Professional furniture makers generally specialize in using either “solid” or “manufactured” wood. There are times when both these methods are combined. Just because most modern furniture is made of veneered chipboard, this construction technique is not necessarily inferior to solid wood and can often last longer with proper care and handling. Before the advent of manufactured board, almost all furniture makers used solid wood, but modern solid wood is commonly referred to chair making, frames and small carcase work using traditional joints. Veneered work is predominantly “flat panel” work using a manufactured board such as chipboard or MDF as the base material.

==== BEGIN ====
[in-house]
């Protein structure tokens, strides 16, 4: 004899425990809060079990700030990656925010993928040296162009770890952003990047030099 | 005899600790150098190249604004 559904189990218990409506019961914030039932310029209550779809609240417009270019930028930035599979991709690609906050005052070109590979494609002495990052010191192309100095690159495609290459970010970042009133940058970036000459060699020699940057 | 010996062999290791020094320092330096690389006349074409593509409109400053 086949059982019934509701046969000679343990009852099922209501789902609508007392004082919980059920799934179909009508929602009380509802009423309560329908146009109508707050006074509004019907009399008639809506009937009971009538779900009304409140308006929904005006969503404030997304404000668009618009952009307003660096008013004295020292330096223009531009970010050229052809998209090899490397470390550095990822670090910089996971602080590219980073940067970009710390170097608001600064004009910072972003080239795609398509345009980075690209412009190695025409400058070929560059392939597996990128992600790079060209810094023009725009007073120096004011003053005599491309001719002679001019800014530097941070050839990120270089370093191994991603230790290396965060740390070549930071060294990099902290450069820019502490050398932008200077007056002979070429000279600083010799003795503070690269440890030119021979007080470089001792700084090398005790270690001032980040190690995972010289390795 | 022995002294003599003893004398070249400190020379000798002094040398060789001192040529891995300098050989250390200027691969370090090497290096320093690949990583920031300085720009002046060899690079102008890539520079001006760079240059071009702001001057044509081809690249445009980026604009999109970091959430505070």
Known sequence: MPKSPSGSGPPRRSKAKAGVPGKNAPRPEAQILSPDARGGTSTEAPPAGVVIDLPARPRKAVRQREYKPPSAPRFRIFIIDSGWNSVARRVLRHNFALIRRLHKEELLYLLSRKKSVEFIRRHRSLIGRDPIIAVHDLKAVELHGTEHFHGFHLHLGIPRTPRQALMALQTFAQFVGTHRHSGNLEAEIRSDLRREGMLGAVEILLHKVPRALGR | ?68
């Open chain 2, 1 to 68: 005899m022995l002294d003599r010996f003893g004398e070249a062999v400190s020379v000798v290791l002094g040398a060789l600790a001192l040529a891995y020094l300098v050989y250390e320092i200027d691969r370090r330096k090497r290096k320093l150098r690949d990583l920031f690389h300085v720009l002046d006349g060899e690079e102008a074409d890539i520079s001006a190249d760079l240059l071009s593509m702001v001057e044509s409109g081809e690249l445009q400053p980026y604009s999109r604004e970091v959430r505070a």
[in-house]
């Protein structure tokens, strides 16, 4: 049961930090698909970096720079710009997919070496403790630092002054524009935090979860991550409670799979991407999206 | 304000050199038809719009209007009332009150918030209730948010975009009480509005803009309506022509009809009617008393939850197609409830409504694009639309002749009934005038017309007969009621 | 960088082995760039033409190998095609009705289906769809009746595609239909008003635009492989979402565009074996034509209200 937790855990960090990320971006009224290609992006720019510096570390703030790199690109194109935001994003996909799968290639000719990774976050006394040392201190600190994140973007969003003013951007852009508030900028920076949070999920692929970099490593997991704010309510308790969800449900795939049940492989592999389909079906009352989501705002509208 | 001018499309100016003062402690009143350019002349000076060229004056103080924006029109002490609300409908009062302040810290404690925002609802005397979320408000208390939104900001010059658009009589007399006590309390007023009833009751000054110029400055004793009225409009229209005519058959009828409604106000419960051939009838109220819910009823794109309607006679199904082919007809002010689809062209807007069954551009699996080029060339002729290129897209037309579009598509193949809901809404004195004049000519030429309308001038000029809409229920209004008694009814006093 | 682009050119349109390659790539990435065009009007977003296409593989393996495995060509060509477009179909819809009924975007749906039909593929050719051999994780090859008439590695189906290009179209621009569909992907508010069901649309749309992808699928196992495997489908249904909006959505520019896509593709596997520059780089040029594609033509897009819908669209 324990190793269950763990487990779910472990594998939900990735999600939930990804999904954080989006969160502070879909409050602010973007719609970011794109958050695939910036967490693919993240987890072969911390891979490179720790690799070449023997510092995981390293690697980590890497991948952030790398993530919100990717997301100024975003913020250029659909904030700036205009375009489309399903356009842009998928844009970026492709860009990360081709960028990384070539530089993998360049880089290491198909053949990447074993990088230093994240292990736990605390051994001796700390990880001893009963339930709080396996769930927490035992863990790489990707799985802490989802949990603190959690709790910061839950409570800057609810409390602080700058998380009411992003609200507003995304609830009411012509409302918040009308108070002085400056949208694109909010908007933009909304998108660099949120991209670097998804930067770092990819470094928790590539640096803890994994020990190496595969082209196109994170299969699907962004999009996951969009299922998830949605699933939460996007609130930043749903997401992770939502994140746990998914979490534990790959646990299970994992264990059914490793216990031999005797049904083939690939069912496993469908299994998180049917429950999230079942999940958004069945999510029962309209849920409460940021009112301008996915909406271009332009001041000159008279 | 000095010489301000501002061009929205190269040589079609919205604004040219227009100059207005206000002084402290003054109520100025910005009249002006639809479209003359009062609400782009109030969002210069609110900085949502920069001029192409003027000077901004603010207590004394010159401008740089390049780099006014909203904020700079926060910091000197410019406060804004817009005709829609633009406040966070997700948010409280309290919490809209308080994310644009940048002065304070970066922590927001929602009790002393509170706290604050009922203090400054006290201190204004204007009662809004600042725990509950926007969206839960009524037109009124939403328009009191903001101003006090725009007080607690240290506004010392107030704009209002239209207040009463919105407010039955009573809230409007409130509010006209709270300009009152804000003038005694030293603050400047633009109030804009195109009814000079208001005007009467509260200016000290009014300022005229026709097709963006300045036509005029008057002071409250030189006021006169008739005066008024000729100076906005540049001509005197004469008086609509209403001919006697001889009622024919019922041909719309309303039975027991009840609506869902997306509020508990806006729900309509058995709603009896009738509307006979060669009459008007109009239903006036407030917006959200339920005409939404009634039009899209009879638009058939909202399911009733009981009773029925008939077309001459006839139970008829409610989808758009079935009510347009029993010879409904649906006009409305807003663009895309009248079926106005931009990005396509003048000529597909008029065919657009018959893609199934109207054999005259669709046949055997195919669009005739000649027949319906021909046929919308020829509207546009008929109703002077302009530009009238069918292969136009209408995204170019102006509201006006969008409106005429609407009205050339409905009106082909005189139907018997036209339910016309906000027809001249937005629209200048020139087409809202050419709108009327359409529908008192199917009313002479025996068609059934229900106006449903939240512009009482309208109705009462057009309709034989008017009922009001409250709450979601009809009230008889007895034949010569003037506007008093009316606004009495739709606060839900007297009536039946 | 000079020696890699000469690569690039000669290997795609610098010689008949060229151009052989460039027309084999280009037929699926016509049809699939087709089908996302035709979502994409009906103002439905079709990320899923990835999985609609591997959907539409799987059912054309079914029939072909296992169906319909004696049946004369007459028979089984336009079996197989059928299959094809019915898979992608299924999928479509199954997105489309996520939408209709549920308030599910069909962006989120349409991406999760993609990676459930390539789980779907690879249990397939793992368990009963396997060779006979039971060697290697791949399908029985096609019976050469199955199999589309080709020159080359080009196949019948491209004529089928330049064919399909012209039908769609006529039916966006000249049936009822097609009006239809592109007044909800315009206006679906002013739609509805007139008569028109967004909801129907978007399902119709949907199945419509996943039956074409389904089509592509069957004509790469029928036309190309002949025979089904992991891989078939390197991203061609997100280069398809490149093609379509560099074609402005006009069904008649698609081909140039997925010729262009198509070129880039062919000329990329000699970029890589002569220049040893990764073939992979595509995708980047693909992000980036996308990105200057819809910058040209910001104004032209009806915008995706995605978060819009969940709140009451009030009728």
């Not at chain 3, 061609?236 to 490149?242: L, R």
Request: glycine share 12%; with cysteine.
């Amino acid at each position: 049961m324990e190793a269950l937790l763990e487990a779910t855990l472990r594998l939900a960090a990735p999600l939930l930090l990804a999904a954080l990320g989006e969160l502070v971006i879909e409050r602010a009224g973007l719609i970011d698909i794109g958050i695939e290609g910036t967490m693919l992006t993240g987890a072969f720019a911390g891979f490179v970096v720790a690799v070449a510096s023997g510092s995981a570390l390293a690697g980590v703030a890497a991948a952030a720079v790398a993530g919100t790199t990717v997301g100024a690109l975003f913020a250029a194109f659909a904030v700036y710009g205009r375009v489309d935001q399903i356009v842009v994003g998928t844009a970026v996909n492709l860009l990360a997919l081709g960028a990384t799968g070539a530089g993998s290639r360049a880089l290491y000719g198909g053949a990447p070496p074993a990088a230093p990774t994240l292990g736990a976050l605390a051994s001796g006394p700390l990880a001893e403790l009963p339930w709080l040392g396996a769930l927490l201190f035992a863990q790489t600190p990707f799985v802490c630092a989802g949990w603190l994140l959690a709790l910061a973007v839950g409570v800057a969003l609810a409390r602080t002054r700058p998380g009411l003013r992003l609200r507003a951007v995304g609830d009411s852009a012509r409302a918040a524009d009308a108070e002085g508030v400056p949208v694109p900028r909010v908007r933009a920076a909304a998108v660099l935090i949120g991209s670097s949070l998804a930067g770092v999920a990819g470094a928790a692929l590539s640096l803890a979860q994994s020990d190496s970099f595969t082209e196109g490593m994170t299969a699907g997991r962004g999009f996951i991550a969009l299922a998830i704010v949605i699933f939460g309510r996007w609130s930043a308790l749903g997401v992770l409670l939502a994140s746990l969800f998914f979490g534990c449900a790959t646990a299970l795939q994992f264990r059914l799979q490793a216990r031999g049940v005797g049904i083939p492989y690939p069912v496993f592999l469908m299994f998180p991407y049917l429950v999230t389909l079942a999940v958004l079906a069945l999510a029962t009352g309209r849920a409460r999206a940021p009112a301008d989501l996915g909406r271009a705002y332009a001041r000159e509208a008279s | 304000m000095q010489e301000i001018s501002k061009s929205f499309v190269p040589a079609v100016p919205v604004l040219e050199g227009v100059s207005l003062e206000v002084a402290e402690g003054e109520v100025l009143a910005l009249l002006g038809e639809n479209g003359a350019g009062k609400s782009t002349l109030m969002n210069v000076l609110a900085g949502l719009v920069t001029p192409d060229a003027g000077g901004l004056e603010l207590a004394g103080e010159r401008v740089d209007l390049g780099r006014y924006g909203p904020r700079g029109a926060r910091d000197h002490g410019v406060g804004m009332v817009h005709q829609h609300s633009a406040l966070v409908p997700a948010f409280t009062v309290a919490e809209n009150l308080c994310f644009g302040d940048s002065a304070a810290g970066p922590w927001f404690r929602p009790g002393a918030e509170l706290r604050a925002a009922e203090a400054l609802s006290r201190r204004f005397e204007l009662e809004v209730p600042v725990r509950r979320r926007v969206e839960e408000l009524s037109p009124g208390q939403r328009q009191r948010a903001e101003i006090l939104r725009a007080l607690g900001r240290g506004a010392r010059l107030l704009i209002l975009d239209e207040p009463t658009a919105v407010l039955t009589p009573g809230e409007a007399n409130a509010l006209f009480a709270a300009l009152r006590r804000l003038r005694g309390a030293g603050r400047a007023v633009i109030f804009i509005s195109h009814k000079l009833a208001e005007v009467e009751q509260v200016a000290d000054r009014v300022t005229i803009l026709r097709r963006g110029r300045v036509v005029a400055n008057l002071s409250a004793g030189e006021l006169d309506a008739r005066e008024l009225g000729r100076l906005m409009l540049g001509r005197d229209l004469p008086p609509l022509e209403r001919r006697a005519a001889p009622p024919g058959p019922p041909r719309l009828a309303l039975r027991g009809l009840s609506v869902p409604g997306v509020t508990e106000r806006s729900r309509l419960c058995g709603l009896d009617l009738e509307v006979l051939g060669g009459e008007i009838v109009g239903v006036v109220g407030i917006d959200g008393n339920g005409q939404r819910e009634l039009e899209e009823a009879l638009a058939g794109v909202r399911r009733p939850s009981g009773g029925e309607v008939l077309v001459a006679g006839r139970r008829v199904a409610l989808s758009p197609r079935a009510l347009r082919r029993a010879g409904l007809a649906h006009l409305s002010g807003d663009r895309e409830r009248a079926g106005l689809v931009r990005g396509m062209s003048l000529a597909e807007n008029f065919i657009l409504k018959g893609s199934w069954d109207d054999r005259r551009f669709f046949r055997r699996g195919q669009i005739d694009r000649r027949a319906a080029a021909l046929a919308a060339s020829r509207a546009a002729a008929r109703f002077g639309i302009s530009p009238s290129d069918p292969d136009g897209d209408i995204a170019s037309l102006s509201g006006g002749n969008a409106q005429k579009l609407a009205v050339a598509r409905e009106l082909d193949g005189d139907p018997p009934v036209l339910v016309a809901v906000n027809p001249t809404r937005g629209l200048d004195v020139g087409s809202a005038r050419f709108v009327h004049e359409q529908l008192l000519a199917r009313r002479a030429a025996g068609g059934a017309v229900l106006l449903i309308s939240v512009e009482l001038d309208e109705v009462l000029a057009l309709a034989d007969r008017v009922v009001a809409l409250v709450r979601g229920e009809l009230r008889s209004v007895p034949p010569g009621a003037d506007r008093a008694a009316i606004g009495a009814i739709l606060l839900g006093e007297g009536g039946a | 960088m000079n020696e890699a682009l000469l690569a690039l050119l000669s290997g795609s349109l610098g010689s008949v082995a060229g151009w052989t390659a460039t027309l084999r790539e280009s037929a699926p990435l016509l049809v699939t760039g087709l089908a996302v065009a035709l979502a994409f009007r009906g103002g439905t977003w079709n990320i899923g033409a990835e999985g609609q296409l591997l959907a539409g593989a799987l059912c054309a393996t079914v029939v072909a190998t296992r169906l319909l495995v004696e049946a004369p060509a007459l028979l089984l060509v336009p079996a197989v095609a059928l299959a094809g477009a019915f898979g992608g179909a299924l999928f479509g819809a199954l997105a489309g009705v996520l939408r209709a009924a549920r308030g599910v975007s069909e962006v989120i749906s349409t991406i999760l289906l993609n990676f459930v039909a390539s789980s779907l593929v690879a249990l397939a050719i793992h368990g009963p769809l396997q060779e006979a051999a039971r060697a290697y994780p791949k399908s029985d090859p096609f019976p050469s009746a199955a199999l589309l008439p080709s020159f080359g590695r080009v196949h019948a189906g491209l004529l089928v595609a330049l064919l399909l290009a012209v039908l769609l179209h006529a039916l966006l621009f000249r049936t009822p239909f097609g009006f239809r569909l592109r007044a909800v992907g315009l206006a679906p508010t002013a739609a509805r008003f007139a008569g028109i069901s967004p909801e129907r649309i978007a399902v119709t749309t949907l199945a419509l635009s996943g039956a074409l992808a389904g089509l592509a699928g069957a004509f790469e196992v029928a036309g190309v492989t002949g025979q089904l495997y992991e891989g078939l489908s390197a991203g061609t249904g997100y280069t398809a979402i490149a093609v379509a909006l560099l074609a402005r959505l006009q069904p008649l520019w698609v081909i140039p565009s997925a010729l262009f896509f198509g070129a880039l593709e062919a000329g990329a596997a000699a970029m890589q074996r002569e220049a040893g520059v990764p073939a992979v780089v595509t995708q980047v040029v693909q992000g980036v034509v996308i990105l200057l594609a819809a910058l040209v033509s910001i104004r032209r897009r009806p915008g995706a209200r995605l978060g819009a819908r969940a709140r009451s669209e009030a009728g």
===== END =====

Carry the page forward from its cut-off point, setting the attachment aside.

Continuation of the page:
Essential solid wood construction
Solid wood, being fibrous in nature shrinks arti mimpi and expands across the grain as it takes in or loses moisture. This may be unequal on each side of a board causing bowing or twisting. There are also internal stresses caused during the growth stages of the tree and subsequent seasoning. Solid wood construction has to provide for timber movement. Well designed solid wood construction should either minimize the problem of movement or allow for it, even while maximising the strength of the material.